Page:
plant growth from pile of coins

Our clients have taught us that one of the biggest challenges to running a nonprofit is the lack of consistent revenue. But that doesn’t mean there aren’t ways to create stable revenue sources— those pipelines need to be tapped. One method of ensuring revenue flows through the door each month is an effective recurring gift program. And here’s why creating or bolstering your recurring gift program should be one of your top priorities*:

  • Monthly donors contribute about 3x more annually than one-time donors

  • Young donors are more apt to contribute smaller gifts more frequently than one large gift

  • Recurring giving is a simple way to increase engagement with your donors

Luckily, today’s nonprofit fundraising software makes it easier than ever to create and execute a top-level recurring gift program on behalf of your mission. In addition to providing your organization with regular income, a recurring gift program will create the basis for a community of giving and will help you grow your donor base.

Establishing a program with a distinct brand to entice participation, encouraging connection to your cause, and showing gratitude toward your donors will put you on a path to recurring success. Here are some best practices to make sure your recurring gift program is performing up to its potential.

1. Give Your Recurring Donors An Identity

Our first best practice is to name your recurring gift program. The name of this group of donors should signify their increased commitment to your cause and identify them as a member of an exclusive community of giving.

When coming up with a name for your program, make it fun and multi-generational so it speaks to audiences of all ages. It’s also helpful to connect the name to your mission. Here are a few standout names of recurring gift programs in the nonprofit world that really grabbed our attention:

  • “The Spring” by charity: water
  • “Bread and Butter Club” by Food and Friends
  • “The Collective” by Adventure Club

As you can see, each program name is relevant to its cause and reveals how a donor’s monthly gift will help the mission.

Special note: after you name (or rebrand!) your program, be sure to look at the current impact statement. These impact statements should be easy to understand exactly how the monthly donation will help. Here is charity: water’s clear and concise impact statement for their program, “The Spring”: Your $40.00 donation can give someone in Africa the gift of water forever. Commit to giving this gift to 12 people this year with a monthly donation to our organization.

recurring gift impact statement

2. Identify Recurring Gift Program Benefits

Successful recurring gift programs come with distinct benefits for its members. Our second best practice is to identify your recurring program benefits. Many nonprofits will choose a small gift item as a benefit to boost monthly giving, but the majority of the remaining benefits are virtual.

Here are some of the most common (and effective) tangible and virtual benefits for recurring gift programs.

 

Tangible BenefitsVirtual Benefits
Branded mug, bottle, or cupSpecial communications/newsletters or bonus content.
Branded shopping bag or toteShowing mission impact by calculating the donor’s estimated yearly donation and now that supports your work.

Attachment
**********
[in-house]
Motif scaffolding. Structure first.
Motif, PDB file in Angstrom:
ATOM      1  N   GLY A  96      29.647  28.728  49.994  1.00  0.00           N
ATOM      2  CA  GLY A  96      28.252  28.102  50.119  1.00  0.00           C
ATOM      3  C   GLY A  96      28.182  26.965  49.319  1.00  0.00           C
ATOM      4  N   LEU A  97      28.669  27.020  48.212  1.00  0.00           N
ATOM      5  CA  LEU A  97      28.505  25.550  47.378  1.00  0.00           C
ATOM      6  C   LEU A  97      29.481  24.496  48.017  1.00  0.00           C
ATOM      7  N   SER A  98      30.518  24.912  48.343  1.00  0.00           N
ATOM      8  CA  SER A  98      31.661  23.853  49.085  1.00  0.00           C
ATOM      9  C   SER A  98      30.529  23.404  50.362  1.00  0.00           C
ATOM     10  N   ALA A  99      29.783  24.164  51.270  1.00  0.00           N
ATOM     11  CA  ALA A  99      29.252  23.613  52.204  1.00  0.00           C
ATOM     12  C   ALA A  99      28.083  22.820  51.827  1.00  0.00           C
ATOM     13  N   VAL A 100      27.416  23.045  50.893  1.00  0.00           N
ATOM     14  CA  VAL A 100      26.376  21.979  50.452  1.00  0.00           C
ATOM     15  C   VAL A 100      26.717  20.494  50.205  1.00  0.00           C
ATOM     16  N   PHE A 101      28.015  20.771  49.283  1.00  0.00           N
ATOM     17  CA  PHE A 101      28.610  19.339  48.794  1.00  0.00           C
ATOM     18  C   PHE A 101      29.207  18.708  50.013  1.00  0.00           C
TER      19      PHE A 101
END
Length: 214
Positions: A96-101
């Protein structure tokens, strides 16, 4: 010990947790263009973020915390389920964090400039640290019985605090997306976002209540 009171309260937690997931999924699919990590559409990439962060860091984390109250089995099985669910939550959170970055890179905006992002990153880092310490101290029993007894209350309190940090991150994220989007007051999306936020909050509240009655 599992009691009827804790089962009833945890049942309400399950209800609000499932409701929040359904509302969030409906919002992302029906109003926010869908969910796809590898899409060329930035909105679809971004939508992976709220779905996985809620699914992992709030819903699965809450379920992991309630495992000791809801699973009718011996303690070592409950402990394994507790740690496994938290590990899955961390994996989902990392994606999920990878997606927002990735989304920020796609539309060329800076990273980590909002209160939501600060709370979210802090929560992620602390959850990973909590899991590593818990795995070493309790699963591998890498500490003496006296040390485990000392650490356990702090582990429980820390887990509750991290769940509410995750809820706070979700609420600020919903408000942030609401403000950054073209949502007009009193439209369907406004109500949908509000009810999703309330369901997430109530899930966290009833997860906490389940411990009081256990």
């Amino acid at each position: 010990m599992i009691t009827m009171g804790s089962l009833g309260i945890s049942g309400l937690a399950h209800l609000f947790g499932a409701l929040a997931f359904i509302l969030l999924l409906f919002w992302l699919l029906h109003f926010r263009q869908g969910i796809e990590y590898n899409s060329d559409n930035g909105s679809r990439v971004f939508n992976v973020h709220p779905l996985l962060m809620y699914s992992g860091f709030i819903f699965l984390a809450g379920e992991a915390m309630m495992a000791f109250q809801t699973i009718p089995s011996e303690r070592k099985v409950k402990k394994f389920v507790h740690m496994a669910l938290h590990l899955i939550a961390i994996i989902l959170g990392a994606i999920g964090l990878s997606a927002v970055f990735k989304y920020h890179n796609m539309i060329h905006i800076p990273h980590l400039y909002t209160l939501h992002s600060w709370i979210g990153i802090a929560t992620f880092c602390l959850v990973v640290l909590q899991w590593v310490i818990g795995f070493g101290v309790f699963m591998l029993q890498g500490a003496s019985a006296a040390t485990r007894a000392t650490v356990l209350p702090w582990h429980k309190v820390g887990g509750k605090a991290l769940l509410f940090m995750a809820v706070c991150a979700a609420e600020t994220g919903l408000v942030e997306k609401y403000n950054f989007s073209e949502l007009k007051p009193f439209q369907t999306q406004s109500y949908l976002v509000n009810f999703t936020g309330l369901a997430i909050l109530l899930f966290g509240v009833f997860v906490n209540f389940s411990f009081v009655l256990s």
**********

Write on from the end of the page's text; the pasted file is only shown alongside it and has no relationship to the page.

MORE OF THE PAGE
Products from your organization’s gift store (if applicable)Invitations or discounts to conferences, symposia, research webinars, etc.
Branded pad of paper or Post-It notesDiscounted rates for participation in other events held by the organization.

3. Promote Your Program

Once your program has a name and enticing benefits for members, it’s time to tell your supporter network about this new opportunity for giving. Our third best practice is to strategize with your marketing department on how best to promote your recurring gift program.

Work internally to identify the best time and way to promote your new recurring gift program. We suggest choosing a month that is special to your organization (i.e. anniversary celebrations, awareness months, large event months). Avoid launching your recurring gift program from Thanksgiving (Giving Tuesday) to year-end as it might get lost in the competing noise. However, you can – and should! – use this important time to promote upgrading one-time gifts to monthly donations.

4. Recurring Giver Stewardship and Management

Our fourth best practice is to steward your recurring gift program donors.  Because these donations happen almost automatically, it might be tempting to put in less effort toward recurring gifts, but do not give in! You should assign a staff member with the bandwidth to properly manage your recurring gift program after assessing its maintenance needs.

Management and stewardship of a recurring gift program includes:

  • Ensuring delivery of program benefits
  • Providing donor support and customer service
  • Building key relationships with monthly givers who have the potential to do more for your organization
thank you message

Your recurring gift program is a pivotal source of regular income for your organization and should not be left on autopilot. Consider your recurring givers a foundation for success. Interact with them, show them your appreciation, and you’ll be able to build key relationships that will sustain your cause for months (and hopefully years) to come.

*Recurring gift statistics provided by Nonprofit Pro and The Millenial Impact

Carly is a Digital Fundraising Strategist at Zuri Group. She has decades of experience creating vibrant, engaging online fundraising campaigns.

Share This